Personally I’d probably just omit arrays entirely and mention just slices for such a short “learn in 5 minutes” introduction. There are some use cases for using arrays directly, but in the overwhelming majority of cases you’re dealing with slices.


            Another thing I noticed is that there’s quite a lot of superfluous use of var; most of the time := and = should be fine, and var is only really needed in some cases (i.e. nil map or slice). I’ve seen a number of people new to Go (especially those used to JavaScript) use stuff like var x int = 1 because they read about var and think it’s needed like in JS. It’s another thing I would personally omit, or mention only as a footnote and not use in the rest of the article. The less there is to remember, the better.

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              Thank you! These are all really good points! I write a lot of Go myself and very rarely use var, and you are right you almost never create arrays directly, mostly slices. I’m not sure how to rework that section yet, but I will have a think about it and rewrite it tonight (AEST) after work.

              I also fixed up a few errors (things done mostly by hand) where I rushed this a bit (probably a bit too much).

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            Go’s learning curve is amazing. I was writing real, useful code in Go in just a few hours and had successfully written a real, “large” application in a few days. It’s great.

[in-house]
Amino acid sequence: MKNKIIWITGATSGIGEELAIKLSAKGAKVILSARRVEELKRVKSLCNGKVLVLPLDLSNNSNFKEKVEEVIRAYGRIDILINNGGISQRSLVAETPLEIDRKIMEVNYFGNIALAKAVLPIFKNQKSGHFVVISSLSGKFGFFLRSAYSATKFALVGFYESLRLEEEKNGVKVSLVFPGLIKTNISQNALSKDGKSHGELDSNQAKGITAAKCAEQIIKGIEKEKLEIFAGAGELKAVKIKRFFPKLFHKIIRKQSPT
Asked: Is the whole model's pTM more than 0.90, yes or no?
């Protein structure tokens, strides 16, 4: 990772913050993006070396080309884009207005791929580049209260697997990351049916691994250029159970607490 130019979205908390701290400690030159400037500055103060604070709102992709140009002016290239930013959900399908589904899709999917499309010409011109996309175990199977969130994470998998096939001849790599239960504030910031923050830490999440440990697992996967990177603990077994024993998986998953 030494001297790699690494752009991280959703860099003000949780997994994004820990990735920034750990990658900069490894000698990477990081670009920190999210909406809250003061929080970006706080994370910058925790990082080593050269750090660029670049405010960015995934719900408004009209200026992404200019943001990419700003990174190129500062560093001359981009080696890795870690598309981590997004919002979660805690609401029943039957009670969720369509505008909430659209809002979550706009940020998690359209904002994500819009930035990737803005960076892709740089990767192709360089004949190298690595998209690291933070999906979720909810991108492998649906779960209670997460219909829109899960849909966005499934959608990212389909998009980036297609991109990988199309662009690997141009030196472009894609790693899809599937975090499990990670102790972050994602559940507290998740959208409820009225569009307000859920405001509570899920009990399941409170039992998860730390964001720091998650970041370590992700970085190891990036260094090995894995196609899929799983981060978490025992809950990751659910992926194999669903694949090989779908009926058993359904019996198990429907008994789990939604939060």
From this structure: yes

It’s a shame that it seems like all the momentum is with Rust now. It almost feels like there’s no point in learning anything other than Rust given the trajectory of things…(I’m sad because I prefer Go to Rust).

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              What momentum? I must be reading all the wrong sources of things, I don’t see Rust as on an upward trajectory myself (maybe I’m just biased), I don’t even see it on the TIOBE index where Go is at #14. :D

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                Rust is at 26 right now. It’s jumped into the top 20 within the past year and jumped up and down.

                The momentum I’m talking about is that Rust has been picked up by Microsoft as an acceptable language, Linus has intimated that he might be willing to allow Rust in the kernel, I’ve seen a lot of “why we switched Product X to Rust”, and so on. Go has been “stable” for over a decade now, so it’s got an enormous head start, but I feel like Rust is going to rapidly outpace it.

                Again, they’re both fine languages, I just feel like I’m gonna need to learn Rust for the sake of my future career.

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                  Rust will never have the “market adoption” of Go. Not to say it’s not worth learning! Or that it’s not the right tool for many jobs. It’s a great language.